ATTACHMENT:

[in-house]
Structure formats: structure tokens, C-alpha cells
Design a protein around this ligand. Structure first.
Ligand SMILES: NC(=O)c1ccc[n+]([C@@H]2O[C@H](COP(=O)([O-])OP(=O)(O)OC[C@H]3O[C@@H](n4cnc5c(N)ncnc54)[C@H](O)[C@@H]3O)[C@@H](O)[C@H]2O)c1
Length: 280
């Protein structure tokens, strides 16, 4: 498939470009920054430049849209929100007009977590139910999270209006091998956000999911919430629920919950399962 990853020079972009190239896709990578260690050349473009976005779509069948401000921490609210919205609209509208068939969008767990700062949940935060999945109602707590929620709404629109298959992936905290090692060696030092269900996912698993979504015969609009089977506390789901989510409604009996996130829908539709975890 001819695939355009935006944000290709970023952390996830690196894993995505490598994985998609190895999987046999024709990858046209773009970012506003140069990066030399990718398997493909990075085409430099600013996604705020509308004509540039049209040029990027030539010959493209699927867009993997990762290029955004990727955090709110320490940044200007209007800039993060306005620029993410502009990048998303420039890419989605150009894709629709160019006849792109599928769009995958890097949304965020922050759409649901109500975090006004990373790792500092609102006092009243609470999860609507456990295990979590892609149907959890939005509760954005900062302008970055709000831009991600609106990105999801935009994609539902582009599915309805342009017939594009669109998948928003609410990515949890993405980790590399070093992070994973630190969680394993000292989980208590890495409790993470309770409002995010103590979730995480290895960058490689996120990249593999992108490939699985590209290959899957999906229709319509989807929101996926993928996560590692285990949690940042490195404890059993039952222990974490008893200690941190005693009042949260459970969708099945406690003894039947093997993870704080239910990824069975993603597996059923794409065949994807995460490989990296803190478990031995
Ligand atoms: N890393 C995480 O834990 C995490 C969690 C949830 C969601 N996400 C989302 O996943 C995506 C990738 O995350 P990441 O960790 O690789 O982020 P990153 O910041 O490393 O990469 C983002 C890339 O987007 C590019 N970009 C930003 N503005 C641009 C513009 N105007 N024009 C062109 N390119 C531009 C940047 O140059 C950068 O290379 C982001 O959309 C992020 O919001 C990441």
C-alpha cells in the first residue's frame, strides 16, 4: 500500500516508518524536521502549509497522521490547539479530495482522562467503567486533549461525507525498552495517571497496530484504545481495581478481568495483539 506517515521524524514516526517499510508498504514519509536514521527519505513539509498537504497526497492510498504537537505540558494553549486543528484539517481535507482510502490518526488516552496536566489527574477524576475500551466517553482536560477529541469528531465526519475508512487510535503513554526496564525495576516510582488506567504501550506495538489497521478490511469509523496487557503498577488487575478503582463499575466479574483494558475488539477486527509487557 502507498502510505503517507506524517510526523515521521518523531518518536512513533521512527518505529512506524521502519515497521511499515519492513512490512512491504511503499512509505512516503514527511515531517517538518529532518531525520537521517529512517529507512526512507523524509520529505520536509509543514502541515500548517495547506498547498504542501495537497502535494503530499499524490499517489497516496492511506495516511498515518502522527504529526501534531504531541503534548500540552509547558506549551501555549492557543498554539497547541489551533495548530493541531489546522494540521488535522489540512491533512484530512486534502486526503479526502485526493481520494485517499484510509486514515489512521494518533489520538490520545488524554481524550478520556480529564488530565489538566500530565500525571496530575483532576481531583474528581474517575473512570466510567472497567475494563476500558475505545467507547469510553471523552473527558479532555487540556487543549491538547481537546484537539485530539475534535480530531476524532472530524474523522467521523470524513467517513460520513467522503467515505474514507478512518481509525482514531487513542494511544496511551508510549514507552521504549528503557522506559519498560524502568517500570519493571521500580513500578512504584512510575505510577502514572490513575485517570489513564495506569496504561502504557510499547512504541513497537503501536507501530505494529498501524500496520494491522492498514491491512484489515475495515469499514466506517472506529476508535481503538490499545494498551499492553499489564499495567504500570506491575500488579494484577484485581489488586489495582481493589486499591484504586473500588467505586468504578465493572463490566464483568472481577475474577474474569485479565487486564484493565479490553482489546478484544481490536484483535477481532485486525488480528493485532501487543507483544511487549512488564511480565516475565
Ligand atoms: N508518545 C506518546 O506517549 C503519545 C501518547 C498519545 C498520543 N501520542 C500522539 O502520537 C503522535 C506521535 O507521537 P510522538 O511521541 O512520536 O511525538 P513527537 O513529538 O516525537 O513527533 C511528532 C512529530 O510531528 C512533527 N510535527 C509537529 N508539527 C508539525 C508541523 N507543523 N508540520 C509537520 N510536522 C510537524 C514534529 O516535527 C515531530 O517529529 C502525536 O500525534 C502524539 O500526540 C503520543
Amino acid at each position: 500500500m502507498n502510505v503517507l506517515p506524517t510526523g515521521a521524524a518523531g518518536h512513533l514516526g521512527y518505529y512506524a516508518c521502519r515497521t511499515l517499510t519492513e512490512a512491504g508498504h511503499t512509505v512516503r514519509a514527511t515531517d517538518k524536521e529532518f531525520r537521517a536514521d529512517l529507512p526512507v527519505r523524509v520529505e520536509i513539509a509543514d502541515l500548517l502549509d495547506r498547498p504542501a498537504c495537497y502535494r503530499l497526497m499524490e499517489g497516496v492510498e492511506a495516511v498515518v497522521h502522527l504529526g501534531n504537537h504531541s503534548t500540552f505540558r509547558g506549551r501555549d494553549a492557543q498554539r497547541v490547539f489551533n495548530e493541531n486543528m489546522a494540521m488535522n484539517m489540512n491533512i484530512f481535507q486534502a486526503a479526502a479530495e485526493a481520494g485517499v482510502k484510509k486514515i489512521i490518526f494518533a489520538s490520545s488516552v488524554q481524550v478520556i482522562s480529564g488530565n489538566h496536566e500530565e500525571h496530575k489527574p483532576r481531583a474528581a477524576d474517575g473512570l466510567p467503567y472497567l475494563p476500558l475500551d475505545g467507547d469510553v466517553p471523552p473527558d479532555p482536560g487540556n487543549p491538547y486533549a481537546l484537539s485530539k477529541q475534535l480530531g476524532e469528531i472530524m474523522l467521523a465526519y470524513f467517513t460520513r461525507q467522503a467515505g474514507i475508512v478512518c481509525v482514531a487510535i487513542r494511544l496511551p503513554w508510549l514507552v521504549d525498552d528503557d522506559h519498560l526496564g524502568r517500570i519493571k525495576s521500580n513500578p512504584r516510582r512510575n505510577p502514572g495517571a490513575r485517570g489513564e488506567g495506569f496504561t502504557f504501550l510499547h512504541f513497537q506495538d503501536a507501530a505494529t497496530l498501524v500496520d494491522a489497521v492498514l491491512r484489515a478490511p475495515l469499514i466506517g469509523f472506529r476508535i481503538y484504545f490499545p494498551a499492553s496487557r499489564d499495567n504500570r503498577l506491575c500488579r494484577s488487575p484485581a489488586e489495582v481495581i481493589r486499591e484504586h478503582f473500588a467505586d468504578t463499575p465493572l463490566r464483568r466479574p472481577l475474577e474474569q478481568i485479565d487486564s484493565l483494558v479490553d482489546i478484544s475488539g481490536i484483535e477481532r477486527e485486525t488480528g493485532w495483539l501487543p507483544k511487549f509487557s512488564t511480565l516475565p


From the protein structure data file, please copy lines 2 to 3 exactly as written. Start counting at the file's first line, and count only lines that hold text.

Structure formats: structure tokens, C-alpha cells
Design a protein around this ligand. Structure first.